I’m not much of a baseball historian, but the older I get, the more I enjoy thinking back to the game when I was a kid. Don Mattingly and Dave Winfield, the late-1990s dynasty, that sort of stuff. It’s fun to remember those years. I’m a sucker for “what ifs” too. What if David Cone didn’t walk Doug Strange with the bases loaded? What if Jim Leyritz didn’t hit that homer? What if Tony Clark’s double was off the wall and not a ground-ruler?
So, needless to say, this super old and fascinating and weird rumor is right in my wheelhouse. From Nick Cafardo:
As the story goes: When Jeffrey Loria owned the Expos, he was obsessed with Derek Jeter. So he ordered his general manager, Jim Beattie, to try to make a deal with the Yankees and to give up whatever he had to. Beattie offered Yankees GM Brian Cashman Vladimir Guerrero and Pedro Martinez. Stunned, Cashman told Beattie, “I can’t trade Derek Jeter.”
How about that for a rumor? Imagine trading young Jeter for young Vlad and prime Pedro. Loria’s a native New Yorker and he has long admired the Yankees — why do you think he hired Mattingly this offseason? — so it makes total sense that he’d want Jeter. Who wouldn’t want Jeter back then? He was already a megastar.
That’s a great old rumor. Too bad it’s completely bogus. First and foremost, Loria did not buy into the Expos until 1999 — even then he didn’t have controlling interesting, that came a few months later — and by then Pedro was already with the Red Sox. He was traded to Boston in November 1997. Also, Cashman was promoted to GM in February 1998, two months after Pedro was traded to BoSox.
So no, this Jeter for Vlad/Pedro conversation didn’t actually happen. Sorry for being such a buzzkill. I don’t doubt Loria wanted Jeter, and hey, maybe Beattie did offer Vlad or Pedro for Jeter at some point. Pedro has said he was almost traded to New York. Time has a way of warping things — the older the story gets, the farther the home run travels, that sort of thing — and I’m sure this rumor had legs somewhere along the line. The Expos probably wanted Jeter. Everything else broke down during the game of telephone.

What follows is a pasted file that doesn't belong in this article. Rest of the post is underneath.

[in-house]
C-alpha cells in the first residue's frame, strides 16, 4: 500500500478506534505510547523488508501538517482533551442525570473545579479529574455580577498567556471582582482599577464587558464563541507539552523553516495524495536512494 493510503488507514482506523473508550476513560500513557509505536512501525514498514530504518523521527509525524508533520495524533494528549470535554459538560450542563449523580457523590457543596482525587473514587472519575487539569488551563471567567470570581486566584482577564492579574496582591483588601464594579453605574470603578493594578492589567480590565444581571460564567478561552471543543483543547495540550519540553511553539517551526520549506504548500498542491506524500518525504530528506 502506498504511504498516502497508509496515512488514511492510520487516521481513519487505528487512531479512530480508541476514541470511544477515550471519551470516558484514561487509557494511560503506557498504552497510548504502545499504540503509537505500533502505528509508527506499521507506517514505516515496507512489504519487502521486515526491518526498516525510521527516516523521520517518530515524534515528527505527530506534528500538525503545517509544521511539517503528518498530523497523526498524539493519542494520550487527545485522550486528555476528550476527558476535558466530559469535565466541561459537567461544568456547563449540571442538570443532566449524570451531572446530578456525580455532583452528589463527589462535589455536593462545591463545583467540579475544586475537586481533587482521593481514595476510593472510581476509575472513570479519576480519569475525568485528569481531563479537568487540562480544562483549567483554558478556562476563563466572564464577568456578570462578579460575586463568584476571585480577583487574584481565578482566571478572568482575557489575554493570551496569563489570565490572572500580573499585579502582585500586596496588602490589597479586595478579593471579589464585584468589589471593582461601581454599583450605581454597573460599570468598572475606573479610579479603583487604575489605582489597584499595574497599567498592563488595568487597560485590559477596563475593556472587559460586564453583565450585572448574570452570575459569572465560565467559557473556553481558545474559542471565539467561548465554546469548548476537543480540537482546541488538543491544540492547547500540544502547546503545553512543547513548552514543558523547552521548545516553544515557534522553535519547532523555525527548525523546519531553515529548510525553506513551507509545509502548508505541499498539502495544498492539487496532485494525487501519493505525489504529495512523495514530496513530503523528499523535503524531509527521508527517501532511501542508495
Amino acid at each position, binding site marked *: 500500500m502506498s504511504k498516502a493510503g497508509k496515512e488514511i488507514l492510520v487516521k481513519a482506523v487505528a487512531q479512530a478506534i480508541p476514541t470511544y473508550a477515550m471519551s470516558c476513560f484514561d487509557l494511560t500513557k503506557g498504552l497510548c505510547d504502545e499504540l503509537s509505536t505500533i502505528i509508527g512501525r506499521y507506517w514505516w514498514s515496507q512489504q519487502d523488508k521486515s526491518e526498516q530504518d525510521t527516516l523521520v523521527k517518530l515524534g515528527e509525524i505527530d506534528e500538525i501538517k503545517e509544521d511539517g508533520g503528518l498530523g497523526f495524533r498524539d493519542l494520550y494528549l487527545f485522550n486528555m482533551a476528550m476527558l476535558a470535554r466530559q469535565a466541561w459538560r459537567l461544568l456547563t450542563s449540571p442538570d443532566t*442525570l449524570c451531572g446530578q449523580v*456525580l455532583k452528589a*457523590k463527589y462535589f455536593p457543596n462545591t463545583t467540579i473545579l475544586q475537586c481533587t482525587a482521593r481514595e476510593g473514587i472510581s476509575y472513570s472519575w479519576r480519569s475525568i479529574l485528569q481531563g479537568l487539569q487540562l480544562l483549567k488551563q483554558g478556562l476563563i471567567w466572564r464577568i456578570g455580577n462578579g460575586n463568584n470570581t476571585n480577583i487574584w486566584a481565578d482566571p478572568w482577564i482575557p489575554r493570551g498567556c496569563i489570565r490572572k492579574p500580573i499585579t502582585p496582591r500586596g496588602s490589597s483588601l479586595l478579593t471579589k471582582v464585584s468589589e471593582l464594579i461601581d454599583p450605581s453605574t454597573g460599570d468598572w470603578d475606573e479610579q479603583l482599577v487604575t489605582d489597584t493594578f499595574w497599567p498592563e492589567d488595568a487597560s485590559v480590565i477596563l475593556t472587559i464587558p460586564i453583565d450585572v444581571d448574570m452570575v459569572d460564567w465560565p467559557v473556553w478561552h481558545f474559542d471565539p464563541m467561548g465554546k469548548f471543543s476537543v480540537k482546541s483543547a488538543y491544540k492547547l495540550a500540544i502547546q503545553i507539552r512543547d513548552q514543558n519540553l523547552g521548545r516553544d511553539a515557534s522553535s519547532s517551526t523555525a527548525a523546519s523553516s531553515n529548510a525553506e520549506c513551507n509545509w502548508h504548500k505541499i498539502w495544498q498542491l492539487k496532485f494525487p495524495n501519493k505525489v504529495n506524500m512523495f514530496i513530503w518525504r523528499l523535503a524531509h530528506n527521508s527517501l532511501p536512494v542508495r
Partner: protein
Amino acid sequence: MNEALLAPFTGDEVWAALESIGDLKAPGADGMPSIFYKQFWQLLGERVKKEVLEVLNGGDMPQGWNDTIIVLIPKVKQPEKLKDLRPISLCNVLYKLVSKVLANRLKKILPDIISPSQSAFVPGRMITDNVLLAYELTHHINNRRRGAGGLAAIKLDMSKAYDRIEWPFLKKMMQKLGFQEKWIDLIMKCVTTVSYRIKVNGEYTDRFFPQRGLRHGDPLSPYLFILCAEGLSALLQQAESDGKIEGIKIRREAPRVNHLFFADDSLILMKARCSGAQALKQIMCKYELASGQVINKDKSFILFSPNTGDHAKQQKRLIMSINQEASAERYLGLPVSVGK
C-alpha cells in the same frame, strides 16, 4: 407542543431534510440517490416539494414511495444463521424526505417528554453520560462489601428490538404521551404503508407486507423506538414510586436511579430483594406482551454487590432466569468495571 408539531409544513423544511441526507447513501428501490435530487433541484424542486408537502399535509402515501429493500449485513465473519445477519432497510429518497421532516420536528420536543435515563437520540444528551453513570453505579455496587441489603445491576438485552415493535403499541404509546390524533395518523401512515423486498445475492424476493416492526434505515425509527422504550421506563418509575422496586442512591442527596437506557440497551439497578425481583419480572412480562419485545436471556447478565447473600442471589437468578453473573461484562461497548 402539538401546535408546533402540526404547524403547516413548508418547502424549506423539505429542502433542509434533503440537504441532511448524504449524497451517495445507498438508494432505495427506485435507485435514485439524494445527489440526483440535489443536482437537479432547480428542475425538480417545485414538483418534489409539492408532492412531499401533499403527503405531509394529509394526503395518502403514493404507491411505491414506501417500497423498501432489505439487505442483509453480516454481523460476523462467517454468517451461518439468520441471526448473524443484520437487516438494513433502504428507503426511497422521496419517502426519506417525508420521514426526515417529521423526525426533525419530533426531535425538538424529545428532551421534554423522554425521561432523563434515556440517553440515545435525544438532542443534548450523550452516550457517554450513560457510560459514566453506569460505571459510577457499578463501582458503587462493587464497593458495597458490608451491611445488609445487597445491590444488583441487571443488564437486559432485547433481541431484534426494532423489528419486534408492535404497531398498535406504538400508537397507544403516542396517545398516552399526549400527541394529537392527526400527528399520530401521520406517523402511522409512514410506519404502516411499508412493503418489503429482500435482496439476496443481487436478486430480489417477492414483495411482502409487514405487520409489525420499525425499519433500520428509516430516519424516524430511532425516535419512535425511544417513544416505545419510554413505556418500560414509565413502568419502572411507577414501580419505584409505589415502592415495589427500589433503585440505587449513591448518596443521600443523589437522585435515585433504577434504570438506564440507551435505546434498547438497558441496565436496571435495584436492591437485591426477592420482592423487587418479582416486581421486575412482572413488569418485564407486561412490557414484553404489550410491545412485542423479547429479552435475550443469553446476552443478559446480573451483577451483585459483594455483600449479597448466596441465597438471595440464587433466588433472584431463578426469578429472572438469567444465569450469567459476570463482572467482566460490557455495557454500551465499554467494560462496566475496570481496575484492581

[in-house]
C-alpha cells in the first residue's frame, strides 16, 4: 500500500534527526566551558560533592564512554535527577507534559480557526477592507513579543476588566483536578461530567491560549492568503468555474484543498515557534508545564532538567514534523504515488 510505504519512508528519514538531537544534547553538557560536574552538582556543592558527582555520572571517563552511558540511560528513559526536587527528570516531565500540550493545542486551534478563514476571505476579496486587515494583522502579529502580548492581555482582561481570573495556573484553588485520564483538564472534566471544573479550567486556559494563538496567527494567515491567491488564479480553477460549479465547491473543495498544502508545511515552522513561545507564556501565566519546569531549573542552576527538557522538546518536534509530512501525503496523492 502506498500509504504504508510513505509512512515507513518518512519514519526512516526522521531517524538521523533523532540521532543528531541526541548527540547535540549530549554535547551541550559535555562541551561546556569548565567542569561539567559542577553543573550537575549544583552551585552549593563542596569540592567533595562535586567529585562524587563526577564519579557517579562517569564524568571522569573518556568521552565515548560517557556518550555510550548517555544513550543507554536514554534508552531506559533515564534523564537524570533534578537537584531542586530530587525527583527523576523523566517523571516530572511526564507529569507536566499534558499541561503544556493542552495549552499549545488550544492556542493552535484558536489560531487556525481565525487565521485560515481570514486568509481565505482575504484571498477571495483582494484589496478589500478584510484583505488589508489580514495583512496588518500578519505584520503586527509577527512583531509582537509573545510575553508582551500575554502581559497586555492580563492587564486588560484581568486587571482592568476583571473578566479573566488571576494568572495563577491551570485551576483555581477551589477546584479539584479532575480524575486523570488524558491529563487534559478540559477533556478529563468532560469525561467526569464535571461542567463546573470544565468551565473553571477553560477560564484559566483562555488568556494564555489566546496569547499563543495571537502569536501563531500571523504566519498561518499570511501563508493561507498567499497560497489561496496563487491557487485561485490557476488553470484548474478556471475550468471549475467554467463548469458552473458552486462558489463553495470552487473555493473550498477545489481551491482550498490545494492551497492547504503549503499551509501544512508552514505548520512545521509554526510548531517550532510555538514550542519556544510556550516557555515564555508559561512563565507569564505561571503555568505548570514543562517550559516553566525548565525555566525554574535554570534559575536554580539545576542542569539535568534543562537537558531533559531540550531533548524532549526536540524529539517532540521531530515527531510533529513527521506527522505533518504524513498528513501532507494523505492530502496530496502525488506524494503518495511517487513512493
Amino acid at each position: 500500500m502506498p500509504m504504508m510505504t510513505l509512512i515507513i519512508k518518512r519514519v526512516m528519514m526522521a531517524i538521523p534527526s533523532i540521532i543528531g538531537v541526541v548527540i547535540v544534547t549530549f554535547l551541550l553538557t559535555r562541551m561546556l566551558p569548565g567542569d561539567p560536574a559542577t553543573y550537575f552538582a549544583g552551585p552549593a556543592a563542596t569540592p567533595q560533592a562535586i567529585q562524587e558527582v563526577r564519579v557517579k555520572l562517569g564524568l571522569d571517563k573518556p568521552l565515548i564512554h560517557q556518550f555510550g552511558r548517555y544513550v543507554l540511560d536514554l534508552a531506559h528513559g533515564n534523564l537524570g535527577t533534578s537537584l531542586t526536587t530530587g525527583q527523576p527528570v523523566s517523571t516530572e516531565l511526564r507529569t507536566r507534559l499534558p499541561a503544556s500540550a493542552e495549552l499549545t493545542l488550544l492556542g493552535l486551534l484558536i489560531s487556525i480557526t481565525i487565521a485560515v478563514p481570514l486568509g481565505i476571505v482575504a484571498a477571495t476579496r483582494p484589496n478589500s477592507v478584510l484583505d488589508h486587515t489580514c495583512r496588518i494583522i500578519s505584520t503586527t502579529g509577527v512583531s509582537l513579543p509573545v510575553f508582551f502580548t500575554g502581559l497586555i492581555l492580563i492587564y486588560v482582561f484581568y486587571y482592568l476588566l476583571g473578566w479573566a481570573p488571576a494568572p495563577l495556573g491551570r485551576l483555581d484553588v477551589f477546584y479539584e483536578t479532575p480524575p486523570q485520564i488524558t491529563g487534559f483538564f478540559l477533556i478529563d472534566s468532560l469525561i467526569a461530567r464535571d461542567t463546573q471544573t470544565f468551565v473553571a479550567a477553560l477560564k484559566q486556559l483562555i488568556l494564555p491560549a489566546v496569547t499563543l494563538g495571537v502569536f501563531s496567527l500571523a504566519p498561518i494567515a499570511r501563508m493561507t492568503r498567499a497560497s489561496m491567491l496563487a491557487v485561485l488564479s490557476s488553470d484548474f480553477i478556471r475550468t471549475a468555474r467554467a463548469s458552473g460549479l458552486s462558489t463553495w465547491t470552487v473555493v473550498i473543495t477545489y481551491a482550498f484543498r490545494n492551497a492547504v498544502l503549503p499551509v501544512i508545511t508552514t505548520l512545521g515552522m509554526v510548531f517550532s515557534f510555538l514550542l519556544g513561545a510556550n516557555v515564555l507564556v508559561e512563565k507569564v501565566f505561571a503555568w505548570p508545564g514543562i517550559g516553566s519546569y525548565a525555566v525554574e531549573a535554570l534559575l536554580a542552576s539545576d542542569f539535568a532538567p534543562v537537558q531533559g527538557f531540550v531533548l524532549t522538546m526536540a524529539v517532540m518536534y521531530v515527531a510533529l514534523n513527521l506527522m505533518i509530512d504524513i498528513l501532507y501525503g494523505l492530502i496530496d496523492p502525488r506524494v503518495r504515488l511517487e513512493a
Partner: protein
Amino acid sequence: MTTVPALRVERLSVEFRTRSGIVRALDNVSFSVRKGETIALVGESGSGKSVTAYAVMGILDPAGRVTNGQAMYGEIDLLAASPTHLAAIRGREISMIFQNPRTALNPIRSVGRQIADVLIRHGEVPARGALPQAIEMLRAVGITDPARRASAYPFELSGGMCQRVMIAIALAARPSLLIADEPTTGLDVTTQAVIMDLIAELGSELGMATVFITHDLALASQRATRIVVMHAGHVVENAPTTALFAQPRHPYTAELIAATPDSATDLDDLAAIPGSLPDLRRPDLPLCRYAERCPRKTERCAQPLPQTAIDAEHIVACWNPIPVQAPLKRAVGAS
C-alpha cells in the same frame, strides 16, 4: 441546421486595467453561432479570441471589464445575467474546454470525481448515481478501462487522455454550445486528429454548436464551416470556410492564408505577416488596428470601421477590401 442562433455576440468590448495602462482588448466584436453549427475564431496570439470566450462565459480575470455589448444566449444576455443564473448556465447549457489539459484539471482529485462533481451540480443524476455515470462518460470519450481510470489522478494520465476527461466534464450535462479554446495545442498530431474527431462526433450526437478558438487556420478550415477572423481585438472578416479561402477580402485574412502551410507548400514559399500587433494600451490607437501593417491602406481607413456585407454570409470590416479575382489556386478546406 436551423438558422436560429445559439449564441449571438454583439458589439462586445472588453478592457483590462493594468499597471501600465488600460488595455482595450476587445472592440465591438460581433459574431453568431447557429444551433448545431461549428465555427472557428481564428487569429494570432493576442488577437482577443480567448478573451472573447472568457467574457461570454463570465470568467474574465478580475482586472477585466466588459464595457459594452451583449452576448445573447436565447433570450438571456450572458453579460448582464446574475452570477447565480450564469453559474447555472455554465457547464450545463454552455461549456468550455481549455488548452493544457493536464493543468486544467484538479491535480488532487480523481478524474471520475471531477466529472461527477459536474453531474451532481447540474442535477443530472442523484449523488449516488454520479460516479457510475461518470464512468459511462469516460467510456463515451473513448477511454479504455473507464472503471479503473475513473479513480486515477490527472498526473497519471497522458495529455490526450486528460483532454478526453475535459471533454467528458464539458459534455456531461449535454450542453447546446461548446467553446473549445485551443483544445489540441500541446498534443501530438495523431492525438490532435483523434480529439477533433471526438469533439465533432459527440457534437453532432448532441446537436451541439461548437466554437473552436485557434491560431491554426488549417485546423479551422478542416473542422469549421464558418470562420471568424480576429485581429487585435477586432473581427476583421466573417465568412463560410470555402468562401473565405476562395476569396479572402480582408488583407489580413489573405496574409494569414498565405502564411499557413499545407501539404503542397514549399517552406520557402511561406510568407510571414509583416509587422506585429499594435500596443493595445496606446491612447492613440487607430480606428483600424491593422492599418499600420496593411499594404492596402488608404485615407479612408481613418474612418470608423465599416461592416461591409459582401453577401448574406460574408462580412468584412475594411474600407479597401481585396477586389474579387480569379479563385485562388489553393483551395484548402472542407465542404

This is a very interesting what if though. Would Jeter for Vlad and Pedro have made sense for the Yankees? Let’s assume this happened during the 1997-98 offseason, when the Expos really got serious about trading Pedro. The Yankees would have traded four years of Jeter for five years of Vlad and one year of Pedro. If you simply add up the WARs — the lazy man’s trade analysis — it would have been 25.2 WAR (Jeter) for 32.9 WAR (Vlad) and 7.2 WAR (Pedro), so the Yankees would have come out way ahead.
It’s not quite that simple though. Who plays shortstop after Jeter? Andy Fox? Homer Bush? Shortstops like Jeter are harder to find than outfielders like Vlad, and don’t mean that as a knock on Vlad. He was awesome. Jeter was a much more valuable commodity as a player. So the Yankees would have no shortstop, and Guerrero would have to play left field because the Yankees had Bernie Williams in center and Paul O’Neill in right. They’d go into the season with a starting lineup that looks something like this:
- 2B Chuck Knoblauch
- DH Tim Raines
- RF Paul O’Neill
- CF Bernie Williams
- 1B Tino Martinez
- LF Vlad Guerrero
- C Jorge Posada
- 3B Scott Brosius
- SS ???
Would the Knoblauch trade have even happened if the Jeter trade went down? Would the Yankees trade their starting shortstop (Jeter) and top shortstop prospect (Cristian Guzman) in one offseason? Maybe! Knoblauch was a star and Vlad looked like a future star. The Yankees still had Bush as a stopgap and D’Angelo Jimenez in the system, after all.
The rotation aspect is pretty straight forward. Pedro, who won the NL Cy Young in 1997, would have joined holdovers Andy Pettitte, David Cone, and David Wells in the 1998 rotation. Ramiro Mendoza was the fifth starter to start that season, and eventually Hideki Irabu and Orlando Hernandez joined the starting five. One of those two would be out of the picture. Probably Irabu since Bush would have had to play short (and therefore not been involved in the Irabu trade with the Padres), but maybe El Duque instead.
This is a pretty wonderful what if scenario. It’s impossible to complain about in hindsight. The 1998 Yankees were one of the ten best teams in baseball history and the Yankees won three straight World Series after this hypothetical trade would have gone down. That Jeter guy stuck around for a while too. Things worked out pretty okay.
(Update: Cashman told Bryan Hoch the rumor was bogus. He did say he tried for both Vlad and Pedro over the years, and the Expos did ask about Jeter at one point.)